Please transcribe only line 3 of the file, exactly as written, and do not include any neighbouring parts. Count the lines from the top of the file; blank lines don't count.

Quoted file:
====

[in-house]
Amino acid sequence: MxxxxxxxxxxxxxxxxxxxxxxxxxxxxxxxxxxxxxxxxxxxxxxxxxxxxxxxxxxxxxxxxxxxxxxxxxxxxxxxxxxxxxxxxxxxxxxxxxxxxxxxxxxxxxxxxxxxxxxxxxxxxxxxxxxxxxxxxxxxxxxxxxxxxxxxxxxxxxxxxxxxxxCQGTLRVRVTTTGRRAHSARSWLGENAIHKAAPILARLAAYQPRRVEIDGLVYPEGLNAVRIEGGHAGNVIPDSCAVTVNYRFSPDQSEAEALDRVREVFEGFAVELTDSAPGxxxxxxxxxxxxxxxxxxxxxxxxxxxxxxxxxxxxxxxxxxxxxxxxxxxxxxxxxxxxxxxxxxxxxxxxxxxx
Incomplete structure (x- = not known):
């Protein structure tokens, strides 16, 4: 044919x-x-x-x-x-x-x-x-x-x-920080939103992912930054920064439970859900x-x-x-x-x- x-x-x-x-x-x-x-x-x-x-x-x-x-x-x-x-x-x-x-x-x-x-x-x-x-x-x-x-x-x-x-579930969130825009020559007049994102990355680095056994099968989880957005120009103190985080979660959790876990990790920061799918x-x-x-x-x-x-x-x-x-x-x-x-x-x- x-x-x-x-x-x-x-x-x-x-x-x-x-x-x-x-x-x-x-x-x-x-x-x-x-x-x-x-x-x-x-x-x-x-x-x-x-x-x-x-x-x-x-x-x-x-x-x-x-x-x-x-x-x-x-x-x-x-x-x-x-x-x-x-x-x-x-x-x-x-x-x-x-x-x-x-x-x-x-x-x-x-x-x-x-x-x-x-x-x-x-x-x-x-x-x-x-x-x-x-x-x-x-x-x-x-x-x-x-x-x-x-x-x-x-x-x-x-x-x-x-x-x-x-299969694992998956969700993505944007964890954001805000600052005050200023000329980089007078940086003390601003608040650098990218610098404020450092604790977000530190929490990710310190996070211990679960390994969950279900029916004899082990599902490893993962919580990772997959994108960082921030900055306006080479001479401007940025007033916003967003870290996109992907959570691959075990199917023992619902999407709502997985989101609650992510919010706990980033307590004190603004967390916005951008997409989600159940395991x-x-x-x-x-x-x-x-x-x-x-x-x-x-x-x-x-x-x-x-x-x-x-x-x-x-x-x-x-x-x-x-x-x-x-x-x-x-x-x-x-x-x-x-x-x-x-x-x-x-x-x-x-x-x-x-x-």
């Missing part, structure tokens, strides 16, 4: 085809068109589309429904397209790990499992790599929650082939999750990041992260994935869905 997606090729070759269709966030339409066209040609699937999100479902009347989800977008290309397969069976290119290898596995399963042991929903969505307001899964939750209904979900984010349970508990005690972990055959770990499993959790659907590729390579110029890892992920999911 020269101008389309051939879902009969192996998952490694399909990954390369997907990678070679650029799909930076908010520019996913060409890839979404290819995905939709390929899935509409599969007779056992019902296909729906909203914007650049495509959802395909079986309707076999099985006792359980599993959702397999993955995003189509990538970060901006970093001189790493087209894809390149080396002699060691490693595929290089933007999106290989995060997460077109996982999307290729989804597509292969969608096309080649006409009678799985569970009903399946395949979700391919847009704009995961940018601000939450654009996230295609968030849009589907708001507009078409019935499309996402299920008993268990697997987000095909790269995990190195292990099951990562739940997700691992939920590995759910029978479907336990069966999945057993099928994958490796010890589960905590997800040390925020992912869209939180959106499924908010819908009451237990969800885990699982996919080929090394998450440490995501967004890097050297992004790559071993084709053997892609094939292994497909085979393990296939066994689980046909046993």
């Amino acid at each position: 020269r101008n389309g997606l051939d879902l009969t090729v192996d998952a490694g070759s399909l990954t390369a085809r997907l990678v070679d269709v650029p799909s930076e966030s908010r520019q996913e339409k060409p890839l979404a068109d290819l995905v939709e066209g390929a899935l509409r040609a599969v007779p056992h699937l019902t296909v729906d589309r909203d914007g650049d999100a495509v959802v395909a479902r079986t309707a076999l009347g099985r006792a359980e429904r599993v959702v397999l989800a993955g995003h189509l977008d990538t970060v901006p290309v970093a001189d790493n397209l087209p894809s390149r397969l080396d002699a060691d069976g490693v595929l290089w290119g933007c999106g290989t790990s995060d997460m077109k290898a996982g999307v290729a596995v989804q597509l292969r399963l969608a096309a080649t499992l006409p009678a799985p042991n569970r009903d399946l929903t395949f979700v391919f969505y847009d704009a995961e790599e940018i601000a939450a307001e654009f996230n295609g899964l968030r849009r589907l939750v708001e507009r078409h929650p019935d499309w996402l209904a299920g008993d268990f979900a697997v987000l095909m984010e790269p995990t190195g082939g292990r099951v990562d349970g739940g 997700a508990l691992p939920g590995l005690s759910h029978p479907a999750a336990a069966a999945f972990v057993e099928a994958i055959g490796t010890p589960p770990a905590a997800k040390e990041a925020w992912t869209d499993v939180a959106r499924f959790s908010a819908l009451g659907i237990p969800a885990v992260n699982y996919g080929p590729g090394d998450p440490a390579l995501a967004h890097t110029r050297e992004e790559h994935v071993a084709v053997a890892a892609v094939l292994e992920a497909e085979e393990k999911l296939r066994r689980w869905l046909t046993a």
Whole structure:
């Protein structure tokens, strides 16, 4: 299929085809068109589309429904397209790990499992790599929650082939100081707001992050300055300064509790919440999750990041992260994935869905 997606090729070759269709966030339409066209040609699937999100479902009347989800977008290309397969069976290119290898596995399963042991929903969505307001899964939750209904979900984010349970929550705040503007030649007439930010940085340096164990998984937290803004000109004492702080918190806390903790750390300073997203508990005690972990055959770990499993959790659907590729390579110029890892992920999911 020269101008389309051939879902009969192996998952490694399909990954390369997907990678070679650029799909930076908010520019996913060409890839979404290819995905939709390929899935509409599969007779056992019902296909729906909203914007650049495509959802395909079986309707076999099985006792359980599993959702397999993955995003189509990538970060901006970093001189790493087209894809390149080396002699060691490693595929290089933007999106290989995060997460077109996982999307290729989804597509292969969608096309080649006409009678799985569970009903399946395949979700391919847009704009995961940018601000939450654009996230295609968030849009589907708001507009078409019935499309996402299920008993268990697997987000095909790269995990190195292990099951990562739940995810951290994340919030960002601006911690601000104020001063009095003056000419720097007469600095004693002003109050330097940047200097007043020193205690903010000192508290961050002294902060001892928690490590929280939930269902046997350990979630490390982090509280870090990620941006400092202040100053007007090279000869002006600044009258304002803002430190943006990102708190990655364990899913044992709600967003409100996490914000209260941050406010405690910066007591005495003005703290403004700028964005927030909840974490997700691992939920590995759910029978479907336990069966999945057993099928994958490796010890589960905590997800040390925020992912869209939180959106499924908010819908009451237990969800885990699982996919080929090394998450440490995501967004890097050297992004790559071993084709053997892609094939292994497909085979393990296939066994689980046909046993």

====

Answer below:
Incomplete structure (x- = not known):